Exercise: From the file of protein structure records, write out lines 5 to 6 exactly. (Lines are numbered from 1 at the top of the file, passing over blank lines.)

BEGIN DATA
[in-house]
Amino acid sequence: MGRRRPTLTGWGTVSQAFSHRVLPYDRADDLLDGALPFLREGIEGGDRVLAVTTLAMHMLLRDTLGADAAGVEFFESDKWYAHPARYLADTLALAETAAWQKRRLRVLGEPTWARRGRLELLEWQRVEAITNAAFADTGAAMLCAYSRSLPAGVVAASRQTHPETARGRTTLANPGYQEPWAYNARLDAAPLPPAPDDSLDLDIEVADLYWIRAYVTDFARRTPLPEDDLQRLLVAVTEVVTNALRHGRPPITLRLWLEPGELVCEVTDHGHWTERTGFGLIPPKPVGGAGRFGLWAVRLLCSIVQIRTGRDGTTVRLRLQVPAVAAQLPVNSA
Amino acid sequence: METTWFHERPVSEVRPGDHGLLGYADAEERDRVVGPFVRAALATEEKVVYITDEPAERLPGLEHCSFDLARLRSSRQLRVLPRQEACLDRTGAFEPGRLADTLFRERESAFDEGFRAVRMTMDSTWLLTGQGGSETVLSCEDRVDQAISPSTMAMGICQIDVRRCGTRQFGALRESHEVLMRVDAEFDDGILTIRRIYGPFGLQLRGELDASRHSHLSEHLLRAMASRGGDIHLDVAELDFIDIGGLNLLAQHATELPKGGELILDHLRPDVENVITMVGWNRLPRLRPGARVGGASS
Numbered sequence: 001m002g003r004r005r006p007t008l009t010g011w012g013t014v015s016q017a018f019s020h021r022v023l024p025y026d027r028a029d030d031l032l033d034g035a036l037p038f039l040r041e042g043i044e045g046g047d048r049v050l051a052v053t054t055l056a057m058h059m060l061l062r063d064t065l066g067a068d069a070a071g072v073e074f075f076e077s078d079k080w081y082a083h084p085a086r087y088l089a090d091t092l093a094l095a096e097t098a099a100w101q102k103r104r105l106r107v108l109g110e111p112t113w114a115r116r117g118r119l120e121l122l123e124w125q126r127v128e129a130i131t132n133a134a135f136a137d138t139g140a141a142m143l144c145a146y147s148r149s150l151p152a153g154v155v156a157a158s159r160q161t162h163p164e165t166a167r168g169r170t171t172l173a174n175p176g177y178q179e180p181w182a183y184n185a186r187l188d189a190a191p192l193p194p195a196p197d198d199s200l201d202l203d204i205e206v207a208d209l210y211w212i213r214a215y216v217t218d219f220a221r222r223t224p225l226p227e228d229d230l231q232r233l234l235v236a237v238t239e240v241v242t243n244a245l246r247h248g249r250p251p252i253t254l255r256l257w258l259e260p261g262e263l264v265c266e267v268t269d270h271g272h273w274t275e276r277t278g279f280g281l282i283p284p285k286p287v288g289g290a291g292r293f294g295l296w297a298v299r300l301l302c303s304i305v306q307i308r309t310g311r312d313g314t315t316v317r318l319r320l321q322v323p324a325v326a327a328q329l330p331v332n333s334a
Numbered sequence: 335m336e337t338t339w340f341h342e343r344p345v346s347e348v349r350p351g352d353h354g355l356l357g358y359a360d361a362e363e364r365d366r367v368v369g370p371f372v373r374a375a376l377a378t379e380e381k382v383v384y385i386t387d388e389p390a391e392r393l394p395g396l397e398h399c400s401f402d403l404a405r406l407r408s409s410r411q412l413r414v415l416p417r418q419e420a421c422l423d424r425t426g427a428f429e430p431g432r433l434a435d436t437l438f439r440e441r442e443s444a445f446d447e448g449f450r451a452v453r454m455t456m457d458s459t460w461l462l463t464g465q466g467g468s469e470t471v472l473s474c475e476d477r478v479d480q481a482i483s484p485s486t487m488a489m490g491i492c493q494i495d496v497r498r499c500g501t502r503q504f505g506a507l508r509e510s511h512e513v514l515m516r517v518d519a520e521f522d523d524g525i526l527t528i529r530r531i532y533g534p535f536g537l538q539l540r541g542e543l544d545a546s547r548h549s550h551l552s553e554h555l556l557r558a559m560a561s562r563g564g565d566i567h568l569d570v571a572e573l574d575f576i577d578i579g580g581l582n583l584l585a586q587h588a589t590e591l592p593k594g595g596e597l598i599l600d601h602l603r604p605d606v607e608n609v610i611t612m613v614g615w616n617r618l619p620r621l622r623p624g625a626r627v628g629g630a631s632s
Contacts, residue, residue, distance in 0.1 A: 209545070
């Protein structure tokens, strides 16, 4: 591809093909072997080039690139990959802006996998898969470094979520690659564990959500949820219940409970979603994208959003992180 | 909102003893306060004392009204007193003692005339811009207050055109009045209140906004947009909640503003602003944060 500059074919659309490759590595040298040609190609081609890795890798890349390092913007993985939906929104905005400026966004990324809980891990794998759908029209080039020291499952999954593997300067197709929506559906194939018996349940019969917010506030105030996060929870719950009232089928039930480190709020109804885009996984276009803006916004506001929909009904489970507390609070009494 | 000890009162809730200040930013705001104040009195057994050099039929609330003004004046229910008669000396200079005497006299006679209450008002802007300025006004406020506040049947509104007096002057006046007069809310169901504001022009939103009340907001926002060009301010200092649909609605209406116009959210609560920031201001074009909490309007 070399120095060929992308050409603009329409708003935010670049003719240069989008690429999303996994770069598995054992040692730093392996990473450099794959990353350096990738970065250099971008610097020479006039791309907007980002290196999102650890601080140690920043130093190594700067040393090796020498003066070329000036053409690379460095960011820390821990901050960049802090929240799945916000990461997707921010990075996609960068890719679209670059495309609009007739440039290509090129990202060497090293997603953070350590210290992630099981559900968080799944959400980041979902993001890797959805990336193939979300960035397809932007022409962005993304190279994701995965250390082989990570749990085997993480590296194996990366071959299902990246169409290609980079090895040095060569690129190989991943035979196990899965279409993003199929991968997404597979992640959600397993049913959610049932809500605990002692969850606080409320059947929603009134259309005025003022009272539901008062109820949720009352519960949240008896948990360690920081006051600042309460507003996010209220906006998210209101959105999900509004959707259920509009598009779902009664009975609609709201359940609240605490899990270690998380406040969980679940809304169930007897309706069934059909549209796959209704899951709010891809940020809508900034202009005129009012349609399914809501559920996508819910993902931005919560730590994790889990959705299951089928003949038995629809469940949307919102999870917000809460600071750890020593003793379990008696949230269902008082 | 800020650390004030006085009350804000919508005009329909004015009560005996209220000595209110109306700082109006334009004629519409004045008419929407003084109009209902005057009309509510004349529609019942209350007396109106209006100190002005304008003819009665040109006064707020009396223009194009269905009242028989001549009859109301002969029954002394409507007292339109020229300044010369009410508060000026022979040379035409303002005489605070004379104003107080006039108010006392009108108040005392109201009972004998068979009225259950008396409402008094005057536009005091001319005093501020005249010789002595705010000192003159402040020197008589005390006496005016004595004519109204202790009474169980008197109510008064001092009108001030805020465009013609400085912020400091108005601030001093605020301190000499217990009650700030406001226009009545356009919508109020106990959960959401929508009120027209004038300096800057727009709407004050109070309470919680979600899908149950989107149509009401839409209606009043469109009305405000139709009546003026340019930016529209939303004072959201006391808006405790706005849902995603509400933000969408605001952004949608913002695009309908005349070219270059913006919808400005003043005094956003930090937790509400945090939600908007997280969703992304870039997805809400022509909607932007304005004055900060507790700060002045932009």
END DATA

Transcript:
Numbered sequence: 335m336e337t338t339w340f341h342e343r344p345v346s347e348v349r350p351g352d353h354g355l356l357g358y359a360d361a362e363e364r365d366r367v368v369g370p371f372v373r374a375a376l377a378t379e380e381k382v383v384y385i386t387d388e389p390a391e392r393l394p395g396l397e398h399c400s401f402d403l404a405r406l407r408s409s410r411q412l413r414v415l416p417r418q419e420a421c422l423d424r425t426g427a428f429e430p431g432r433l434a435d436t437l438f439r440e441r442e443s444a445f446d447e448g449f450r451a452v453r454m455t456m457d458s459t460w461l462l463t464g465q466g467g468s469e470t471v472l473s474c475e476d477r478v479d480q481a482i483s484p485s486t487m488a489m490g491i492c493q494i495d496v497r498r499c500g501t502r503q504f505g506a507l508r509e510s511h512e513v514l515m516r517v518d519a520e521f522d523d524g525i526l527t528i529r530r531i532y533g534p535f536g537l538q539l540r541g542e543l544d545a546s547r548h549s550h551l552s553e554h555l556l557r558a559m560a561s562r563g564g565d566i567h568l569d570v571a572e573l574d575f576i577d578i579g580g581l582n583l584l585a586q587h588a589t590e591l592p593k594g595g596e597l598i599l600d601h602l603r604p605d606v607e608n609v610i611t612m613v614g615w616n617r618l619p620r621l622r623p624g625a626r627v628g629g630a631s632s
Contacts, residue, residue, distance in 0.1 A: 209545070